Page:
3. Apparently at some time before alcohol has been served at the fair. The problem is that beer or wine used to be a common drink for people before soft drinks and was not thought to be that unusual. Since many folks now only drink to see how much they can drink or what kind of condition they can end up in it becomes more problematic. Go to Europe and its no big deal just as if you had sodas of milk to drink everyday. Its using common sense that is lacking now days.

  4. To address the epic failure of attracting race fans to both the Indy 500 and Brickyard 400 would take too much of my time to write. Bottom line Boles is clueless and obviously totally out of touch with the real paying fan base. I see nothing but death spin coming for the Brickyard, just like Indy. Get somebody in a place of power that understands what race fans want.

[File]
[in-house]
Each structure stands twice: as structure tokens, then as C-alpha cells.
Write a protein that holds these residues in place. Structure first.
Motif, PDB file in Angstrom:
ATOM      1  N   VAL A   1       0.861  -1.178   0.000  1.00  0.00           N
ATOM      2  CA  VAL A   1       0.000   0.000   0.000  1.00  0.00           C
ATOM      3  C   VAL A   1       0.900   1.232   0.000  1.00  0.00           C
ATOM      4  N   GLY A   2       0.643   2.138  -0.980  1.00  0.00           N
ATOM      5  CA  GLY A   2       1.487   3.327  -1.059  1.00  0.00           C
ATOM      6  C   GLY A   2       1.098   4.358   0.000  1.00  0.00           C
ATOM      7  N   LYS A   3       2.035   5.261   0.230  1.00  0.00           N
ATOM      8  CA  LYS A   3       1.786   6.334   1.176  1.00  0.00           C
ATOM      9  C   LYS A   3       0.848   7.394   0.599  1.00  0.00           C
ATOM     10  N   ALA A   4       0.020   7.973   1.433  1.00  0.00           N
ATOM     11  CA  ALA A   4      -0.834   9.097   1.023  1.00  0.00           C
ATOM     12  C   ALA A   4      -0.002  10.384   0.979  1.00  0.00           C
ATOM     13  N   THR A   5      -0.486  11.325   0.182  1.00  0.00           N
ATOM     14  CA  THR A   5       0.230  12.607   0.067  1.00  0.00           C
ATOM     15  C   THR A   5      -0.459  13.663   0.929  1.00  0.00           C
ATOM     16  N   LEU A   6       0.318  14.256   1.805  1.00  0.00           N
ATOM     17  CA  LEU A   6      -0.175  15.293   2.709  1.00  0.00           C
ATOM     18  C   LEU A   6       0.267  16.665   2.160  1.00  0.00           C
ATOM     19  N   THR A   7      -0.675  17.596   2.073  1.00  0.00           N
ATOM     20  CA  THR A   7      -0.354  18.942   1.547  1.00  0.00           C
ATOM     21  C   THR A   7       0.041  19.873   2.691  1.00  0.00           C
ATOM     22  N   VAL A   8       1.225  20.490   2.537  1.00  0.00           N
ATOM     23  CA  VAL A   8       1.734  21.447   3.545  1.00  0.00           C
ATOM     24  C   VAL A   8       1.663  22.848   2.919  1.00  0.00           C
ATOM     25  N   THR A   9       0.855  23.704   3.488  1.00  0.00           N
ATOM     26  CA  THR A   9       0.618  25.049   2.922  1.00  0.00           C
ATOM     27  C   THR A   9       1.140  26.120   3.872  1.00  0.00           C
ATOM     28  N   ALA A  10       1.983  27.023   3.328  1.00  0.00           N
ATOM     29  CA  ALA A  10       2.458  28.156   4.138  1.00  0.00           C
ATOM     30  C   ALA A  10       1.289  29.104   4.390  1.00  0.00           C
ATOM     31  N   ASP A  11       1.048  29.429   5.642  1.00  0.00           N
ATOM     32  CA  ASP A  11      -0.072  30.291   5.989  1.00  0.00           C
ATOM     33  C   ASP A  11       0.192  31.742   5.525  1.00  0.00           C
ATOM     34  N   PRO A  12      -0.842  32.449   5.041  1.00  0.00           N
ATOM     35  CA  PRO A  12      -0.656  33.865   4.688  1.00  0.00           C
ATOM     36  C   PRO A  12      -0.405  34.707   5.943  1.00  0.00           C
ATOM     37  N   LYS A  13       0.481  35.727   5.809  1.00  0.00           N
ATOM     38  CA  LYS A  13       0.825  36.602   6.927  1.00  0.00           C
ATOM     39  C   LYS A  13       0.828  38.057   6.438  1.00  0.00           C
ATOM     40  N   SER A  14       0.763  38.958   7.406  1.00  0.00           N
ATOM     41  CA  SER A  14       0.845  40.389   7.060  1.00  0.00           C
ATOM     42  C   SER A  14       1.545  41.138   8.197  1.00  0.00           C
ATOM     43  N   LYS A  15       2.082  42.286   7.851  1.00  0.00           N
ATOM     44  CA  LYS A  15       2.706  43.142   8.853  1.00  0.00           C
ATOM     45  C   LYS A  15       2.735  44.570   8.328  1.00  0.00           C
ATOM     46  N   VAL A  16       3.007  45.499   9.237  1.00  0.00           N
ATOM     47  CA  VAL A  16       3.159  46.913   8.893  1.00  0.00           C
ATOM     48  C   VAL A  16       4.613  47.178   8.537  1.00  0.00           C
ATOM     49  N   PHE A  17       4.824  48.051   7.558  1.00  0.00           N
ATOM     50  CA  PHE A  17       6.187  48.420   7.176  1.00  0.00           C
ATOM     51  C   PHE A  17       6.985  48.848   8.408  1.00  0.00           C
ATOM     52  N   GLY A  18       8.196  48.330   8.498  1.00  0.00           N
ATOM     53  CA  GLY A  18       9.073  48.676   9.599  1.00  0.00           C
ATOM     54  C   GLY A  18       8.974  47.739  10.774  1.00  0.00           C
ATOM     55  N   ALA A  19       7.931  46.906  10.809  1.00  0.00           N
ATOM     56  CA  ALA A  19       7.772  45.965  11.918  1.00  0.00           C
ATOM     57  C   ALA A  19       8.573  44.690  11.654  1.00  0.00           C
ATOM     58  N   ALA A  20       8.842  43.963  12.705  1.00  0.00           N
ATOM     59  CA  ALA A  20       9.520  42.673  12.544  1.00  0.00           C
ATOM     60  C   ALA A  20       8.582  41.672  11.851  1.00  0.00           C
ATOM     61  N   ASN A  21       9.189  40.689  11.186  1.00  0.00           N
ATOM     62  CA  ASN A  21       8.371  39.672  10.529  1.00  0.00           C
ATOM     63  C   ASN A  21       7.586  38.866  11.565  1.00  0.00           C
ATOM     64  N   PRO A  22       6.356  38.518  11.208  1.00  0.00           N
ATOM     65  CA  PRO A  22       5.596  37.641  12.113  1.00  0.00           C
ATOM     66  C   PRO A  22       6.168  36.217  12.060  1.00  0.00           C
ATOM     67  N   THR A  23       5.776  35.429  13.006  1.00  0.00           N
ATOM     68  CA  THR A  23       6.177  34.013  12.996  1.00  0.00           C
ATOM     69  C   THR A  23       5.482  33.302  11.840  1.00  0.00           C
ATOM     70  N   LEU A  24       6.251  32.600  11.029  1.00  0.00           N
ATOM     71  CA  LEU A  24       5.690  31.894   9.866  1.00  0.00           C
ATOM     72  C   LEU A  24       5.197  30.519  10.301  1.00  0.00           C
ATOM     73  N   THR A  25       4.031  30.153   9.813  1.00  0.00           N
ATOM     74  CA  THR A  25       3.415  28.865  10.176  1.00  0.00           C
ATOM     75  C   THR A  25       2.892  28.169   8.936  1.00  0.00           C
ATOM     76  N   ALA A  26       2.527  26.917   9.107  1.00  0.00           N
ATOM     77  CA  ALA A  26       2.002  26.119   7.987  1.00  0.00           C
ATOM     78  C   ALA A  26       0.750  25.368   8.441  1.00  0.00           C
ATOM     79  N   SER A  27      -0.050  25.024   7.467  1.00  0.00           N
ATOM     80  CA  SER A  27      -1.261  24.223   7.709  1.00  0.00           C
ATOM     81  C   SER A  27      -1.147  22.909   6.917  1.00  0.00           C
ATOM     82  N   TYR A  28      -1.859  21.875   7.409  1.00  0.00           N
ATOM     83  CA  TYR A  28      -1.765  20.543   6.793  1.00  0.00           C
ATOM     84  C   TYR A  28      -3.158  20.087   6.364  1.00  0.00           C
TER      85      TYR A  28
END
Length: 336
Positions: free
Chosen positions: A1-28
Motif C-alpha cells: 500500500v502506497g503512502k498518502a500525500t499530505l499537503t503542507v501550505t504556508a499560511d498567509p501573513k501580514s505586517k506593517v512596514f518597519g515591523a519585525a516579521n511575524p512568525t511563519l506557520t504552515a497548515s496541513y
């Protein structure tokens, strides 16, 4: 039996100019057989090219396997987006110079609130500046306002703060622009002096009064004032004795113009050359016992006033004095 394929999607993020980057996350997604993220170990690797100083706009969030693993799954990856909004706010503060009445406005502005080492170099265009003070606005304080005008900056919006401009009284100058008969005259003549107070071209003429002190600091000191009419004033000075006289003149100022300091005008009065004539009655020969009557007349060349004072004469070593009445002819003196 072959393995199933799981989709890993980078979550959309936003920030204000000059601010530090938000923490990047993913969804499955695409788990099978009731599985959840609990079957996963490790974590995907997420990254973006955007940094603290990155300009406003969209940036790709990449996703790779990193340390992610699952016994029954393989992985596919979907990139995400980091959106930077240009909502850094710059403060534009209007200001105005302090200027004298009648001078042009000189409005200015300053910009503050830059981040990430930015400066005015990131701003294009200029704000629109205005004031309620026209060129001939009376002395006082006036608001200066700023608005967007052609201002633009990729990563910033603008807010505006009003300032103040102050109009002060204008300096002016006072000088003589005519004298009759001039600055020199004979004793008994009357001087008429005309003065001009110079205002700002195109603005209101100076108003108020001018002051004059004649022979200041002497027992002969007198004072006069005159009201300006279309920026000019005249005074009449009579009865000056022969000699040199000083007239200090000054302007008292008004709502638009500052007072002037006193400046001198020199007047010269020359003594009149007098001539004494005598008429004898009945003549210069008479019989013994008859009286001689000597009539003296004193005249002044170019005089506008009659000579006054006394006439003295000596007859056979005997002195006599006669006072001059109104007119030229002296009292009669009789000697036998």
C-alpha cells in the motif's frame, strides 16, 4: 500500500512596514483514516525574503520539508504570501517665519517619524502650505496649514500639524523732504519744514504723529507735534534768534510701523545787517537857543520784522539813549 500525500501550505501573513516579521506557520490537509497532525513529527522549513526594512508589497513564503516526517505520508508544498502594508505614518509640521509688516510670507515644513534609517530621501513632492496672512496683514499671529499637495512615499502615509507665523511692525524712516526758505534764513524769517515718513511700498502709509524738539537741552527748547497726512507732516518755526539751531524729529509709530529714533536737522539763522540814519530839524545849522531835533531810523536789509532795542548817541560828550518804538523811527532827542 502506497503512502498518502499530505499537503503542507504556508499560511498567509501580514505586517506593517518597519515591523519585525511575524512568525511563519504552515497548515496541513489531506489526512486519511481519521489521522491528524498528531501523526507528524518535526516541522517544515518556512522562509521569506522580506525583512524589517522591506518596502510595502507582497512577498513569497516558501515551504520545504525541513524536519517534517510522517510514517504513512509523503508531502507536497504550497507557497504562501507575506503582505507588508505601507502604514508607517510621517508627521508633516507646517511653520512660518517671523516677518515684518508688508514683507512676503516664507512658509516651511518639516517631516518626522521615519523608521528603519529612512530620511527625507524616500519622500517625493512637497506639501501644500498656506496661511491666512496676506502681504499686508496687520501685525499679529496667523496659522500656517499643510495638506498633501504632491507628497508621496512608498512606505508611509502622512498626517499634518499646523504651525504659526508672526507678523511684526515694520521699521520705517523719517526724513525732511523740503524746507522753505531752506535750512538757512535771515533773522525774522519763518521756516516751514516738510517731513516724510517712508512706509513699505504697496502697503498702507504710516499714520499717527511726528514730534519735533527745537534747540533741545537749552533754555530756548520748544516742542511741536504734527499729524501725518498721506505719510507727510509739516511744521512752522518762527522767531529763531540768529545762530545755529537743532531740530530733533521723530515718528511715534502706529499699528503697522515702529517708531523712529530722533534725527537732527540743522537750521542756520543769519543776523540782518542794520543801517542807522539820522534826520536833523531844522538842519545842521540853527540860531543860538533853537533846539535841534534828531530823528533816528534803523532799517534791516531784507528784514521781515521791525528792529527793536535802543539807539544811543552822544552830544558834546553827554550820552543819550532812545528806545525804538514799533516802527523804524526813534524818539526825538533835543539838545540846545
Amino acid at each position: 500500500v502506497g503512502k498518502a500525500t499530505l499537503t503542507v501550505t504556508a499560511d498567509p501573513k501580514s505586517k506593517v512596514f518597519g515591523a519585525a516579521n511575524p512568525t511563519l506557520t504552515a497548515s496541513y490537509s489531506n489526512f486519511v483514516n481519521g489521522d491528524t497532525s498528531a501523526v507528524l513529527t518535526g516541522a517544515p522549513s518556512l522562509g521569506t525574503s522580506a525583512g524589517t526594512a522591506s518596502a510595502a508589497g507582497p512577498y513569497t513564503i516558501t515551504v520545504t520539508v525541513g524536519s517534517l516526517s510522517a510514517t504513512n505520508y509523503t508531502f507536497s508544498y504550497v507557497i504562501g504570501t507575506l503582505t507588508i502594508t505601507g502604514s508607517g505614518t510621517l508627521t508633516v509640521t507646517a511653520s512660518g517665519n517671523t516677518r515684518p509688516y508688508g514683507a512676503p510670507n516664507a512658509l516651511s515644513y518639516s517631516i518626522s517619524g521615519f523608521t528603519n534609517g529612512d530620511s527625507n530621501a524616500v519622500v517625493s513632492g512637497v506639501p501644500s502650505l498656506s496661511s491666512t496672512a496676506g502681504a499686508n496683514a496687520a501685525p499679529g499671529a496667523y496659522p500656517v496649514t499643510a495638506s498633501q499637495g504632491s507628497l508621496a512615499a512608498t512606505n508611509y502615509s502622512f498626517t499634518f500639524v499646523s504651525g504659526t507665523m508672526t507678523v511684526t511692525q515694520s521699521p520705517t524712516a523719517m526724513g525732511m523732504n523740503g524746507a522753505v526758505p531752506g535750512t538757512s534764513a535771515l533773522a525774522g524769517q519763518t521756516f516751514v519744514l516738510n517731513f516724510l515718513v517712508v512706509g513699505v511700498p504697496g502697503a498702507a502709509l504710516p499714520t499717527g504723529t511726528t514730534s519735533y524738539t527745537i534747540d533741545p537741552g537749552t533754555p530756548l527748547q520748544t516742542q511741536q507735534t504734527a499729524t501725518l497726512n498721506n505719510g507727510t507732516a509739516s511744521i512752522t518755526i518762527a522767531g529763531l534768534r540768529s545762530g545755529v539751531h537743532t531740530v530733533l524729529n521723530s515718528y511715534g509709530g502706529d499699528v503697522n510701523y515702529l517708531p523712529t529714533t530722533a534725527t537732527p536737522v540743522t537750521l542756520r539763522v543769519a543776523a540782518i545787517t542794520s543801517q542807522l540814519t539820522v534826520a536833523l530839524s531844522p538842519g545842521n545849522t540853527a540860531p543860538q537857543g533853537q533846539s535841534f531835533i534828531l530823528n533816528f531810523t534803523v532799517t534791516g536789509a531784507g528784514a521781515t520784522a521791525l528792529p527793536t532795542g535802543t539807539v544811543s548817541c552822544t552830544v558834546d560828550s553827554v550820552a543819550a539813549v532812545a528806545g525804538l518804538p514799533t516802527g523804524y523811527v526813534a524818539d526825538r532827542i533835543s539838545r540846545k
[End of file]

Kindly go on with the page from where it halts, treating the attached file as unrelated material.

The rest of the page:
5. I am a race fan through & through. It doesn't matter if it's Indy cars or Nascar. I love a great race. I go to several other tracks each year and you can see the entire track. I know Indy has tradition, but fans want to see the entire race. I sit in the Penthouse, am almost 60 years old, and would like to see a better TV screen in turn 1 so you can see the entire race. Then I think Indy needs to install an escalator so us old folks can make it up to the Penthouse and down again if we want more options to purchase food and drinks. Just a race fans opinion. Lights won't make the race any better, but you might be able to see the TV better at night. Turn 1's screen needs replaced with a better and bigger screen.

ADVERTISEMENT